In Memoriam: For Dao Poet Richard Longstaff / 15 September 2014
On Saturday 6 September Richard Longstaff’s wife Rachel rang to say that he had passed away, peacefully with his family beside him.
Richard first told me the devastating news of the cancer at the beginning of last June. And it was soon evident that it was terminal. The last time we spoke was just over four weeks ago. He hoped to write some more for Dao, but the pain and exhaustion from the illness had made it impossible.
My sincerest condolences go out to Rachel and to their daughters. Richard was a trooper; dedicated to his family and his passing is a sad loss for many, including us here at Dao, enriched and entertained by his poetry and the stories attached to his words.
In November 2013 I wrote to Richard having discovered he¹d sent me a wodge of poems, buried like a jewel in amongst a mess of emails. There was a refreshing depth and an honesty in his words, never shy of searching for the truth of human relationships.
The selection Richard sent described the end of a working day in a northern town, time spent in hospital, a friend’s struggles with alcoholism, a family funeral and his own love for nature (his doctor had encouraged him to go for country walks and he found a love for wildlife photography) and for poetry (George McKay Brown was one of Richard’s favourites. He loved the descriptive power and simplicity of Brown’s language and so Dao commissioned an article as part of our Dao Poets on Poetry series).
Poetry was dear to Richard’s heart, but he¹d never shared his own efforts with anyone except his wife and daughters. “I found your site and chanced my arm” he wrote. “I take inspiration from nature, a world that offers me a escape from the pressures of this ‘Normal’ world in which we live. I find comfort in the beauty of simple things all around. I also use my disability to find things that inspire me. I find the autistic mind sees things that others miss.”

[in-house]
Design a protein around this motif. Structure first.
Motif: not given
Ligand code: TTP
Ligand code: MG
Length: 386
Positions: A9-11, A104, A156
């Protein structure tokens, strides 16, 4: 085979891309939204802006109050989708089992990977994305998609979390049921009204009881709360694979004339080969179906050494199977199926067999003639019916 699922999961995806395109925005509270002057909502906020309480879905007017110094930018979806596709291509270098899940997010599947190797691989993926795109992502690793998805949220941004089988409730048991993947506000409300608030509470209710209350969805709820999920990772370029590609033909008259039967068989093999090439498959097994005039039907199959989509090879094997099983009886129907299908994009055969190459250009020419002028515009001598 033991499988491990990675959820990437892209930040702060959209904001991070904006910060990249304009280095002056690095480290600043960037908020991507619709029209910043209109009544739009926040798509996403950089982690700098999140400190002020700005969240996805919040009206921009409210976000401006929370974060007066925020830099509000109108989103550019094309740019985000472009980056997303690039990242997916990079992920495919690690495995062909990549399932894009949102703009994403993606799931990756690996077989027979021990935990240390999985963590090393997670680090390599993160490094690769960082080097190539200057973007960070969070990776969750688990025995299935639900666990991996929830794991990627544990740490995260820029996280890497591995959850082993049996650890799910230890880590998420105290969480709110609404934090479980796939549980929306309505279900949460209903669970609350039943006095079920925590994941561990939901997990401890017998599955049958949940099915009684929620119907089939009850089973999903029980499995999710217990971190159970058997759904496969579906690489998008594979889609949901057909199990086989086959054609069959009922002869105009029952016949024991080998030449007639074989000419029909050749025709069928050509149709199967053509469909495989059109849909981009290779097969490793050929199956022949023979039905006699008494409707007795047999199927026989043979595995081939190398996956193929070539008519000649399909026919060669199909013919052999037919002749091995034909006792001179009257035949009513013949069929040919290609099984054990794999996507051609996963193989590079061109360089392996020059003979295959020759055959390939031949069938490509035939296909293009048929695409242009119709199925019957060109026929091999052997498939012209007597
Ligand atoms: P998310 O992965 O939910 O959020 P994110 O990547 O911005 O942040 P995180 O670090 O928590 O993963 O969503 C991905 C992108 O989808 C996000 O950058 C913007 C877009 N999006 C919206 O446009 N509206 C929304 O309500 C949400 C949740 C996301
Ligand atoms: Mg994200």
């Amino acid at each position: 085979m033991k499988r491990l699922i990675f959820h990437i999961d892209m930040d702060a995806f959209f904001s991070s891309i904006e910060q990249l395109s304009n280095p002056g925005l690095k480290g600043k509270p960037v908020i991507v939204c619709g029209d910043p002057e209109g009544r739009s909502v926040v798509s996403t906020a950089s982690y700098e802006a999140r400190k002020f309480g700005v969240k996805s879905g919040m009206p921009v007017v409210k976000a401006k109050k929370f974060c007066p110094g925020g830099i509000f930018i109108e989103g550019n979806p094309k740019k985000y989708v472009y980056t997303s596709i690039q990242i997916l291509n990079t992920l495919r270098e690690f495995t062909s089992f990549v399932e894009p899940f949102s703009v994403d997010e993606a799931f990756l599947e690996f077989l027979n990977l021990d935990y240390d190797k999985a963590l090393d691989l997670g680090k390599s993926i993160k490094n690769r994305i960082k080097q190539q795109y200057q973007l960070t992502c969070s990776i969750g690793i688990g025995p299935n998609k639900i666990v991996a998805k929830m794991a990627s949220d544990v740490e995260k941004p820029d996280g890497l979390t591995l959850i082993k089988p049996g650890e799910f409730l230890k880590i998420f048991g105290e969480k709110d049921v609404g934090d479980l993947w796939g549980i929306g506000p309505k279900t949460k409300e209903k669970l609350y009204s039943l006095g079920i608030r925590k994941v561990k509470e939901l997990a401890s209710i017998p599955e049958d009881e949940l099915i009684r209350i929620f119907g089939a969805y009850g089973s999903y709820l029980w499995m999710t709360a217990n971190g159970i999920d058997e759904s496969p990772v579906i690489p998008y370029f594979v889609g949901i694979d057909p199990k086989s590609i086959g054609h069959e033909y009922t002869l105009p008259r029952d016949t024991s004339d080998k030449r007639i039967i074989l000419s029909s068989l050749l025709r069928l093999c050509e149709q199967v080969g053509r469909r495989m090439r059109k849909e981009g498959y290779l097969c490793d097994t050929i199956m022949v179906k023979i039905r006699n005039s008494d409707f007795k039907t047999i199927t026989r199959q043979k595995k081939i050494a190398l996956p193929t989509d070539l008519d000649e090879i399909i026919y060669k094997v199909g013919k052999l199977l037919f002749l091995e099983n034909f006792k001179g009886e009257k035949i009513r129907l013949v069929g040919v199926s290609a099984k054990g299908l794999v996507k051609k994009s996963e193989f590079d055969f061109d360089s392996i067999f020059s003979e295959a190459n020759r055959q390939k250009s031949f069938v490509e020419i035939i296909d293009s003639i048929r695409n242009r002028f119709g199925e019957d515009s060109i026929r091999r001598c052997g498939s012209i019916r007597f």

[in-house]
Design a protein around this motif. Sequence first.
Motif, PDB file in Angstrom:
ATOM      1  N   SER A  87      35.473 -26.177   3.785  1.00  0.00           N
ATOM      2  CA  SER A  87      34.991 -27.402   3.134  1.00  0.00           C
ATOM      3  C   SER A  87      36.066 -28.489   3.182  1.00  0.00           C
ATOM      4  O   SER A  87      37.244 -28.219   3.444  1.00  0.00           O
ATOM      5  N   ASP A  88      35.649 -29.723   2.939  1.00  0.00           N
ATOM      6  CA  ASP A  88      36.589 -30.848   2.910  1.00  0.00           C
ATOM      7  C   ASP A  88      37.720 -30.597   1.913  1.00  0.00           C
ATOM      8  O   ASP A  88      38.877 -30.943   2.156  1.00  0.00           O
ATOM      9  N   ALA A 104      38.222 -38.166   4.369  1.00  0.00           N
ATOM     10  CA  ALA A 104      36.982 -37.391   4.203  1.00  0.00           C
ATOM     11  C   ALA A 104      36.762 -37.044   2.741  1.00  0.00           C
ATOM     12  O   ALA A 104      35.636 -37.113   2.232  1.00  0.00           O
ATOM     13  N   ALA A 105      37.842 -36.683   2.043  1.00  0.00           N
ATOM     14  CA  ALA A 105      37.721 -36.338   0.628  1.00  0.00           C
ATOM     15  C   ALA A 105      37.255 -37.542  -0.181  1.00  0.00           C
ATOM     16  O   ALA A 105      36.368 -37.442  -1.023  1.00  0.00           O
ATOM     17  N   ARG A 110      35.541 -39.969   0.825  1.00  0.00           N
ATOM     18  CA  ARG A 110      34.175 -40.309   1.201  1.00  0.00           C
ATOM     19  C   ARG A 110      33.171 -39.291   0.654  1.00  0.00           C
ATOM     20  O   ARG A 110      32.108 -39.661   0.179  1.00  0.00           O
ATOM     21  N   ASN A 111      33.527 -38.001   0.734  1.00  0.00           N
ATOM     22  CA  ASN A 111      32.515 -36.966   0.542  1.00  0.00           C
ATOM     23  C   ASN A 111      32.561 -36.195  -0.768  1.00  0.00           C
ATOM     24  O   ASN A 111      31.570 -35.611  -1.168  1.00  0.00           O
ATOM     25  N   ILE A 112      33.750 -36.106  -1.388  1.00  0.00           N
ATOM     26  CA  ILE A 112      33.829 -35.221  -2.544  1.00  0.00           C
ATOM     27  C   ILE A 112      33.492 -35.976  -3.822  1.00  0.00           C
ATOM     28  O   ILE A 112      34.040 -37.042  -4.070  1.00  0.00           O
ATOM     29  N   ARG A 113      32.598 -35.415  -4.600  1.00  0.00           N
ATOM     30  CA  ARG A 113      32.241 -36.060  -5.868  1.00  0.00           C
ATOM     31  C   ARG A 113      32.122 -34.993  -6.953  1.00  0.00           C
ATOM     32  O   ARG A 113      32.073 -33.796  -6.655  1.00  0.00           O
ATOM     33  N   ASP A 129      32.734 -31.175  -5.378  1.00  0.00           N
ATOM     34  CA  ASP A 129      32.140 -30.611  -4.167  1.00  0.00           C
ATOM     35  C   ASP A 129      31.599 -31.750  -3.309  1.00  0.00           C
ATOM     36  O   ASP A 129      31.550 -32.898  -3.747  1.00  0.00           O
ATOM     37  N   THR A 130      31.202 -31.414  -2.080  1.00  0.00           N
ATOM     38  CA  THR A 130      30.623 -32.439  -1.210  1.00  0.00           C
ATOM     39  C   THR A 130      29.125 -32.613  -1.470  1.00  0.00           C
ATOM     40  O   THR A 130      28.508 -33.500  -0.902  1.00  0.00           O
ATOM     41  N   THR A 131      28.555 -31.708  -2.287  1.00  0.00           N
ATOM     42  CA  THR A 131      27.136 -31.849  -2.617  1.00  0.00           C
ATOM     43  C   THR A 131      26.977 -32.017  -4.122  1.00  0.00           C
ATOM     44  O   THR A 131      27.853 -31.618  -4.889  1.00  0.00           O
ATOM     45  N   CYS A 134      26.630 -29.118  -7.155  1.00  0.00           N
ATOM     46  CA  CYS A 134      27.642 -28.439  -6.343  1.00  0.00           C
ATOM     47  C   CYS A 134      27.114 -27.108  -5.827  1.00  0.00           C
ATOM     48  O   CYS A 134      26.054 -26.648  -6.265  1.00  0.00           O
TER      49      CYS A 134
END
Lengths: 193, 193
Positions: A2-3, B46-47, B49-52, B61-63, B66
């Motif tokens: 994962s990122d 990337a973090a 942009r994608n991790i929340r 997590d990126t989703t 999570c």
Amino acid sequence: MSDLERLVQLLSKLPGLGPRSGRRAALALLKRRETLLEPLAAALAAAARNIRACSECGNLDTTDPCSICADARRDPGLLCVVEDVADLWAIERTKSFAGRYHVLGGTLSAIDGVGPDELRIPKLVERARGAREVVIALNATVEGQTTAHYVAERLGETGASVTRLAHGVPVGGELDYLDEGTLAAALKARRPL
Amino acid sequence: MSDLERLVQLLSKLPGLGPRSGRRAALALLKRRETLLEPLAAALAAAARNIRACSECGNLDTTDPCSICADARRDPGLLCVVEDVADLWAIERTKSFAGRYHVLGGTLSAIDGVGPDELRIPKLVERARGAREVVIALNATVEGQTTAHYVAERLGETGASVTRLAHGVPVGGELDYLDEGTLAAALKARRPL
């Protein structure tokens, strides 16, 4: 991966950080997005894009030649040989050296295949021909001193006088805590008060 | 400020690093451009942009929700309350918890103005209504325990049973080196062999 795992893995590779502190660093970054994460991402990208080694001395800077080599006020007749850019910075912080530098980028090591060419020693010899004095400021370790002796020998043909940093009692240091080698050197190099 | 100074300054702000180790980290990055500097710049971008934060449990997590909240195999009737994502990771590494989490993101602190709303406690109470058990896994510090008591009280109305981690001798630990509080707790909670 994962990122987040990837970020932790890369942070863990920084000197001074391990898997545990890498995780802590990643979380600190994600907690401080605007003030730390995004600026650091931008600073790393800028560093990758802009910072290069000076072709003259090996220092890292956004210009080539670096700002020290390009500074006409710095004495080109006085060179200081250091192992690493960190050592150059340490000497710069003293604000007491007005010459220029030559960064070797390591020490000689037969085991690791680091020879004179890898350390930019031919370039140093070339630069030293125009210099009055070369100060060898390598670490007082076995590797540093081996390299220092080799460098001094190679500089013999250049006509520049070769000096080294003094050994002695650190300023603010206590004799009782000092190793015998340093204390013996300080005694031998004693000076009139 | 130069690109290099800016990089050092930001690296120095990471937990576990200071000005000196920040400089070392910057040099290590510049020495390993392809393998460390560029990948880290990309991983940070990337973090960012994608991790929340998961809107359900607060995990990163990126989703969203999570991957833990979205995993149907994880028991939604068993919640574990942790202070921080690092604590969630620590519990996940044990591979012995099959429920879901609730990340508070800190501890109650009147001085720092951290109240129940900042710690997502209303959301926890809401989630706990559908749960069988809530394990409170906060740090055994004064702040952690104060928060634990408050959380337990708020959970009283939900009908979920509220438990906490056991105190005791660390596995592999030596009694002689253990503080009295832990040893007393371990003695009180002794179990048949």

We never met, but Richard and I built a friendship through email and lengthy conversations on the phone. I encouraged him to contribute a poetry blog to Dao: 'Beyond Watford' he wanted to call it. He took up the mantle and the second poetry blog A Natural End to Things told the story of the ‘loss’ of his son. We shared our grief: both of our families victims to the scourge of home-farmed ‘skunk’ that has swept across the country over the last fifteen years, filling mental hospitals everywhere with our young men.
Following those exchanges, aided on the computer by his daughter Laura, Richard sent in a steady stream of work, always inspiring, he described his favoured method for writing poetry: deciding on a theme and then building a word list. His work delved back into his youth in the seventies, and the realities of life for those of us who came along in the shadow of the second world war.
There is a power in the straightforward, honed detail in Richard¹s words. The confidence in the blogs he sent in grew at a pace with a depth of humanity and humour in his storytelling. One of my favourites was the story of Old Joe the scrap merchant, a bitter man, feared by all in the village Richard grew up in.
Over the course of a summer, young Richard and his brother sold Joe back his own lead, until he cottoned on and that was that. ‘Mad Dogs’ tells Joe’s story: a man held in contempt and isolated by narrow-minded attitudes that judged him for his lack of war service.
And that was Richard’s gift, to be able to think through a story and find a deeper truth than what that which lies on the surface.
Thanks for those conversations mate.
May you rest in peace.
For Richard Longstaff
I never quite believed you¹d be leaving us
though you said the cancer was terminal.
You said you hoped to be able
to put a few thoughts down on the computer
if you found enough strength.
We never met, but talked on the phone
about our families, our fathers and sons
our daughters and wives, cherished;
the line of hopes and joys that move us forwards;
the losses that held us to the earth.
And now you¹ve gone, it¹s like being transported
at speed to a place where life looks map-like
distant, far from the self on a thin chord of poetic licence
defined by the depth of words shared
a love for nature, poetry and truth.